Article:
Monday, April 13, 2020
COVID-19 Monday Morning Brief
Brought to you by
The San Antonio Hispanic Chamber of Commerce
MONDAY MORNING OBSERVATION – The Minority Report:
It’s now 21 days into the Mayor’s Work Safe Order and 18 days until it is set to expire on April 30. It is not clear if the order will be extended so continue to plan for the worst and hope for the best during this rapidly changing environment. This means small business owners should be razor-focused on more stimulus legislation coming from Washington, D.C. and plugged into how quickly San Antonio government officials move to a comprehensive economic recovery plan that starts with those most impacted.
As easy as it sounds, it is already proving to be messy, difficult and taxing, so it is important to be patient, diligent and unrelenting. As the data becomes more and more available, we are quickly learning who are the most impacted. Coming from the country’s oldest Hispanic chamber in the country, we noticed several in-depth media articles to help prioritize a few observations towards San Antonio’s recovery worth sharing.
A growing and grim drumbeat of reports revealed that COVID-19 is devastating many minority communities with news that Blacks and/or Hispanics in the United States are twice as likely to die from COVID-19. Hispanics died from COVID-19 at a rate of 22 per 100,000, according to New York City, which was the first to release racial data; Black people, which comprise 32% of Louisiana’s population, represent a startling 70% of the coronavirus deaths according to new data also released this past week.
The impacted demographic is one part of the recovery equation and their correlating economic personification of the impacted small and micro business community is proving to be the other part of the recovery equation as the data further suggests. Lending Tree and Balboa Capital released independent survey results of COVID-19 on small businesses through the first week of April 2020 with staggering findings. Using this data to glean for the Alamo City’s small business community, there are many harsh takeaways:
Balboa Capital Survey
- 88 percent of small businesses are being impacted.
- 78 percent of small business owners have incurred additional out-of-pocket expenses.
- 66 percent of small business owners are not moving forward with their Q2 investment plans.
- Six in 10 small business owners said their supply chain has been affected.
- Most critical needs:
- 74 percent of small business owners said they need access to capital, i.e. loans
- 16 percent said tax deadline extensions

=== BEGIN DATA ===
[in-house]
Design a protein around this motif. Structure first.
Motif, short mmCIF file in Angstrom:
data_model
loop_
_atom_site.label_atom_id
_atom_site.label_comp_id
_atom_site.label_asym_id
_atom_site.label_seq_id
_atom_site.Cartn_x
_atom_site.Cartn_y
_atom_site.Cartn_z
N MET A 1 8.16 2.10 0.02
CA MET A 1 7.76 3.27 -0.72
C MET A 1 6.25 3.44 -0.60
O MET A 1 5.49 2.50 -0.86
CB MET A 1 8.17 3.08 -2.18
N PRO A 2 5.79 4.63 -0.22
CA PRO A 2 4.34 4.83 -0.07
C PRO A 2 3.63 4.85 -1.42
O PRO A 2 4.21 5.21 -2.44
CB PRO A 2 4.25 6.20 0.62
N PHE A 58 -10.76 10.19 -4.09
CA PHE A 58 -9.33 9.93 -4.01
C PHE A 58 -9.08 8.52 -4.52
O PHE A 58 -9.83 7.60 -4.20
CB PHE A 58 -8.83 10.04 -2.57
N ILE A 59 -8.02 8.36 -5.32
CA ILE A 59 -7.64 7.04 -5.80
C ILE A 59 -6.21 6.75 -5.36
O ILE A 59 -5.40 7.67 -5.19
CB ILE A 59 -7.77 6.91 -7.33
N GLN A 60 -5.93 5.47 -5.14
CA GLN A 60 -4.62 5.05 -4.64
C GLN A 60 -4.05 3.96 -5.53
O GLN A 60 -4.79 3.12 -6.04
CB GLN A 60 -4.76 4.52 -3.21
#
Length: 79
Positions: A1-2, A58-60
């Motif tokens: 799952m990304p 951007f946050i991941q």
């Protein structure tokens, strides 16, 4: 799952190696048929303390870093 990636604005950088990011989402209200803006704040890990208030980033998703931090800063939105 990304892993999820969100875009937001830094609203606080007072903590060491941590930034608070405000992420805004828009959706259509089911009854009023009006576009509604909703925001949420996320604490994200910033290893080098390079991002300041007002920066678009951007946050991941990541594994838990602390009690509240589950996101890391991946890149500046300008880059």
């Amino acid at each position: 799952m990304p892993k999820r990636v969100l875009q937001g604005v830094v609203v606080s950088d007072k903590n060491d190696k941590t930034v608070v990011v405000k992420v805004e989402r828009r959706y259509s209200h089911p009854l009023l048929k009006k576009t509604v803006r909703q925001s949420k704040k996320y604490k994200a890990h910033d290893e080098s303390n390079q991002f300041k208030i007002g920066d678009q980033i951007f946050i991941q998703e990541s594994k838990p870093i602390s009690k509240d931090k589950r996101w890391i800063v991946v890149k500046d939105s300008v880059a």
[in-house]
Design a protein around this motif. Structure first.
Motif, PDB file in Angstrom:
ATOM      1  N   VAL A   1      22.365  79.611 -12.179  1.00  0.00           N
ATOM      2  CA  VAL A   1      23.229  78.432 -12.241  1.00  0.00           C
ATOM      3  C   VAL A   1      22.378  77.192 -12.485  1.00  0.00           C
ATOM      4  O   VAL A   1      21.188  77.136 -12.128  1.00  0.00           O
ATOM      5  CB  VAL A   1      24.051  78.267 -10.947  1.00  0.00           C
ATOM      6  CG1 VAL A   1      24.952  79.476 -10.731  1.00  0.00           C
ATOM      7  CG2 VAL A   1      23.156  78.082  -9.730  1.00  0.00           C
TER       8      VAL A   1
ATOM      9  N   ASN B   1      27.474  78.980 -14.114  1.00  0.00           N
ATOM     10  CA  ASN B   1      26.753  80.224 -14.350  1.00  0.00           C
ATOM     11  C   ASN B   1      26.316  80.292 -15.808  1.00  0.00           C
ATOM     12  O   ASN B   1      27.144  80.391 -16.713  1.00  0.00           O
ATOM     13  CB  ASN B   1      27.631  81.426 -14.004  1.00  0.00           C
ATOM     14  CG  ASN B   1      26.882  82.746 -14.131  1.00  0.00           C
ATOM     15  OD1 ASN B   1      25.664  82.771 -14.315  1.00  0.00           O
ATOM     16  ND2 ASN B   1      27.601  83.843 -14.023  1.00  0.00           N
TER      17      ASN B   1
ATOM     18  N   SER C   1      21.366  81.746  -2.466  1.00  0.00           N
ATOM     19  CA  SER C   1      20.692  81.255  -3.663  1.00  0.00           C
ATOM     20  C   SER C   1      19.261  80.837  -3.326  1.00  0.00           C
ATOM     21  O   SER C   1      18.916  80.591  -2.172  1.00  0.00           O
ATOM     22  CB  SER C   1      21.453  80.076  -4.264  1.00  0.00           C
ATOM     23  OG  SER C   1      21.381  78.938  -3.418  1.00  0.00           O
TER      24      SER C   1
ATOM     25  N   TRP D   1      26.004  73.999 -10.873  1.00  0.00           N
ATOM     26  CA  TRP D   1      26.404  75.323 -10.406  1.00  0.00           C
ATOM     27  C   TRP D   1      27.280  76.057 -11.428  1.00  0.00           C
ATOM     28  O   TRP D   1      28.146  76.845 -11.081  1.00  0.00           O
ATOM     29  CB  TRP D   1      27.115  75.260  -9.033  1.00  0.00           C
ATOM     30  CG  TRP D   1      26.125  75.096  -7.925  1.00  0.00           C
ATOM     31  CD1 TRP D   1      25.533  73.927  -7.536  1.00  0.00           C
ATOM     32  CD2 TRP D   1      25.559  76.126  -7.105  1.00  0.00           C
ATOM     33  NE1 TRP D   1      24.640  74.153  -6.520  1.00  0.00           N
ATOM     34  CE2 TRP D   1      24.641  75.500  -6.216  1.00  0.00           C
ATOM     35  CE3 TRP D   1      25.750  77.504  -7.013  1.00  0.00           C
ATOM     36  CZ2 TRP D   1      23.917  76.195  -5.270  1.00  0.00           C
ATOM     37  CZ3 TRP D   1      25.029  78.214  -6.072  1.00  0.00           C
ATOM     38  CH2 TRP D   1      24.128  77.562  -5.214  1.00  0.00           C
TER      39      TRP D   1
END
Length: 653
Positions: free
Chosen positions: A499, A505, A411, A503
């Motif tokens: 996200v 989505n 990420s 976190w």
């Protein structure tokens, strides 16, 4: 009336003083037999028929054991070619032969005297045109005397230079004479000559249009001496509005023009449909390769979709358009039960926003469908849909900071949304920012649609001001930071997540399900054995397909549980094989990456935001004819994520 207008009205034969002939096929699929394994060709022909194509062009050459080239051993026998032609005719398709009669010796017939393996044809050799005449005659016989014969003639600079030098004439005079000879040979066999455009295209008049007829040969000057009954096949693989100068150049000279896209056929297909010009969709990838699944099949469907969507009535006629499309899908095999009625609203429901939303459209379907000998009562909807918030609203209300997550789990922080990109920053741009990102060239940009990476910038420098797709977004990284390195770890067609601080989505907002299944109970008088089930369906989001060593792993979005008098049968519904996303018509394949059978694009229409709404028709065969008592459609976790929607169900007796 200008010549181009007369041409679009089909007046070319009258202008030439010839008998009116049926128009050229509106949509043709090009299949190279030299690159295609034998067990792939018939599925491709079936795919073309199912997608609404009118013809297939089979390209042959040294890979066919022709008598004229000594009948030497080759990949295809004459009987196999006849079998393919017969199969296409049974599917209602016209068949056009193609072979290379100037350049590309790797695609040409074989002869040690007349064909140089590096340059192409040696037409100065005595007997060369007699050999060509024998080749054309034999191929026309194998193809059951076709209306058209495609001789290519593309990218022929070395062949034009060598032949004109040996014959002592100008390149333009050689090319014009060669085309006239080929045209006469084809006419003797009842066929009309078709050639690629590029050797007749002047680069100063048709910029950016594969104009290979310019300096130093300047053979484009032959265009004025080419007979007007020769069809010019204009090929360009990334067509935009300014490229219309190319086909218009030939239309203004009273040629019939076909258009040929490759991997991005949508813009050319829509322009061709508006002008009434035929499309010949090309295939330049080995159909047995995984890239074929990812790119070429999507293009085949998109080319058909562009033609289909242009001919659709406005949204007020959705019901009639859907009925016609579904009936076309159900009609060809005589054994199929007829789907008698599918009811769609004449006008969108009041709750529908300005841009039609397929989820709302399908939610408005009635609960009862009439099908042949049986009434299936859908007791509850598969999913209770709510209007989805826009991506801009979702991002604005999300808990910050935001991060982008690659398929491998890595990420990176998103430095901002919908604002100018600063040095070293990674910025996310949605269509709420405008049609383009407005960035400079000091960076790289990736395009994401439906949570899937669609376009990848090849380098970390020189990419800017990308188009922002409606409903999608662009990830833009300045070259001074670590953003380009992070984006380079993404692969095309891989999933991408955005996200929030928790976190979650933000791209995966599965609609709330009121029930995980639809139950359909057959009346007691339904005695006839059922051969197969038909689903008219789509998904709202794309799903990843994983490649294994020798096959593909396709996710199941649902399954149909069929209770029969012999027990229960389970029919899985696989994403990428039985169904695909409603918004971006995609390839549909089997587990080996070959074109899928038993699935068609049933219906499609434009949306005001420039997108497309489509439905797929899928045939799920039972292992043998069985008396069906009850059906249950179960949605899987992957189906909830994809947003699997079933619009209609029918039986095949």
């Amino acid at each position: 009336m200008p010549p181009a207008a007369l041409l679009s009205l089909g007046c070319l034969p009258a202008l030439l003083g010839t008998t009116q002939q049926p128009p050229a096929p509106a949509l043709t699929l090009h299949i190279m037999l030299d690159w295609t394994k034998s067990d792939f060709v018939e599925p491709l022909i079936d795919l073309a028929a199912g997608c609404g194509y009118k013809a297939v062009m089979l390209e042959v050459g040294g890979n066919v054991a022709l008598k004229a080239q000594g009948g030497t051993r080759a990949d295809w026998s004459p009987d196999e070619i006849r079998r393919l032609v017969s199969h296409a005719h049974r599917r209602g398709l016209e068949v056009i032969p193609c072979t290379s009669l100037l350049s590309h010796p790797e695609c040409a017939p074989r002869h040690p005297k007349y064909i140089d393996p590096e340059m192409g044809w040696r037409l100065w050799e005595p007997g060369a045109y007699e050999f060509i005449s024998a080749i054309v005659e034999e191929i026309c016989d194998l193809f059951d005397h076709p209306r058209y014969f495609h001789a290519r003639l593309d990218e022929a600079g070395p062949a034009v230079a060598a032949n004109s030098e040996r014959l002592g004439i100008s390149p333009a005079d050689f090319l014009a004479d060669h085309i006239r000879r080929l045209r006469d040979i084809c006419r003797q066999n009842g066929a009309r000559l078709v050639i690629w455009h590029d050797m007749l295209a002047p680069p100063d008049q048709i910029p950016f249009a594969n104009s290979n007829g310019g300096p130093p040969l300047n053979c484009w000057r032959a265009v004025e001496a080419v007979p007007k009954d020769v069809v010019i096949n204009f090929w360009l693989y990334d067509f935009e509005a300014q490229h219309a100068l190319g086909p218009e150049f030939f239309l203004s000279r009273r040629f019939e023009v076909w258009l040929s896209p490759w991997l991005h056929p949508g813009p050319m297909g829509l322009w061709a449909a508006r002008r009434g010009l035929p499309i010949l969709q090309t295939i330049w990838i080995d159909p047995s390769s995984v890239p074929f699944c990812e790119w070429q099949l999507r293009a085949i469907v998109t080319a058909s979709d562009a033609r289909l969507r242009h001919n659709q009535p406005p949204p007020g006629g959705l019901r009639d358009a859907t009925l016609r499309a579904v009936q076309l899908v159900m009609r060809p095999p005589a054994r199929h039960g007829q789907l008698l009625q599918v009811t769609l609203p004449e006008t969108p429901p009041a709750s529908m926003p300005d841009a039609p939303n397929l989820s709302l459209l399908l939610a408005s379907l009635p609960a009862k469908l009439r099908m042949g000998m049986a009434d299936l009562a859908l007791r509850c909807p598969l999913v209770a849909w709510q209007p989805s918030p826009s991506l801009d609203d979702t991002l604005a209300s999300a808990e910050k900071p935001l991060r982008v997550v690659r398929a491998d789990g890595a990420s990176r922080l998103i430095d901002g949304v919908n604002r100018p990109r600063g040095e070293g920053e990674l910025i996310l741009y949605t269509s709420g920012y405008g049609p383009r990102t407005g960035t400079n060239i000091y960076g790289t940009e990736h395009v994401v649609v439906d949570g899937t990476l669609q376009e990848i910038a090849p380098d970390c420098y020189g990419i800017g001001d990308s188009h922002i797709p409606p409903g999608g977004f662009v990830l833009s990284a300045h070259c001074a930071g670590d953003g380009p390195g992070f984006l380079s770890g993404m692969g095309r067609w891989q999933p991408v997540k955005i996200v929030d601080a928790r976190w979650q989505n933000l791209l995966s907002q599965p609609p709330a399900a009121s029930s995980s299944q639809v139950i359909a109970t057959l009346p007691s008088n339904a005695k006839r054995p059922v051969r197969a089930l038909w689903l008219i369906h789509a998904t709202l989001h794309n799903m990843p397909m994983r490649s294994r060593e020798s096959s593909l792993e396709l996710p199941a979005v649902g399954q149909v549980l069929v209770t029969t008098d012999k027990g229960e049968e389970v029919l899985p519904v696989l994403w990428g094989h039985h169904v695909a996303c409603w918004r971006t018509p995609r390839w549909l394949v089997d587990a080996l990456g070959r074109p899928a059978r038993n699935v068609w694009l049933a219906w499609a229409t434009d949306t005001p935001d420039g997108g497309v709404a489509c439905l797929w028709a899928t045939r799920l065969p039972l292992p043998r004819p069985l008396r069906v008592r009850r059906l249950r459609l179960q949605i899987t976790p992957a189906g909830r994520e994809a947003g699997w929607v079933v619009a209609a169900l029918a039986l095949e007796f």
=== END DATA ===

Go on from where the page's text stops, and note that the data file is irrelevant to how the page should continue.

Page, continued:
- 8 percent said employer tax credits
- 54 percent of small business owners said some (or all) of their employees are working from home.
Lending Tree Survey
- 71 percent of small business owners are worried they will never recoup the losses because of COVID-19
- 47 percent of small business owners have taken on debt to keep their business afloat during the pandemic
- An additional 34 percent attempted to seek financing but were not approved
- Small business owners have turned to the following funding options:
- 39 percent have taken on credit card debt
- 17 percent have taken out a business loan
- 12 percent have taken out a personal loan
- 12 percent have taken on another type of debt
- 8 in 10 small business owners have “no idea” where to get emergency funding for their business right now (Note: SAHCC can help with this)
- 69 percent of small business owners do not have enough cash on hand to run their business for the next 90 days
- 49 percent of small business owners had temporarily closed their business
- About 70 percent of small business owners adjusted their workforce to cope with the pandemic:
- 37 percent laid off employees
- 43 percent reduced hours for employees
- 12 percent implemented pay cuts for employees
- 57 percent of small business owners expect to lose at least half of their revenue in the next 90 days
- 36 percent anticipate losing more than 75 percent of revenue.
Also, a separate northeast U.S. analysis by Economic Innovation Group shows that the disruption is being driven largely by two anchor industries (important in San Antonio as well): real estate and retail – including food services like restaurants and bars, as well as arts and entertainment, output has fallen by three-quarters. Though national surveys, this data paints a very rough and tough picture for San Antonio’s small and minority-owned businesses.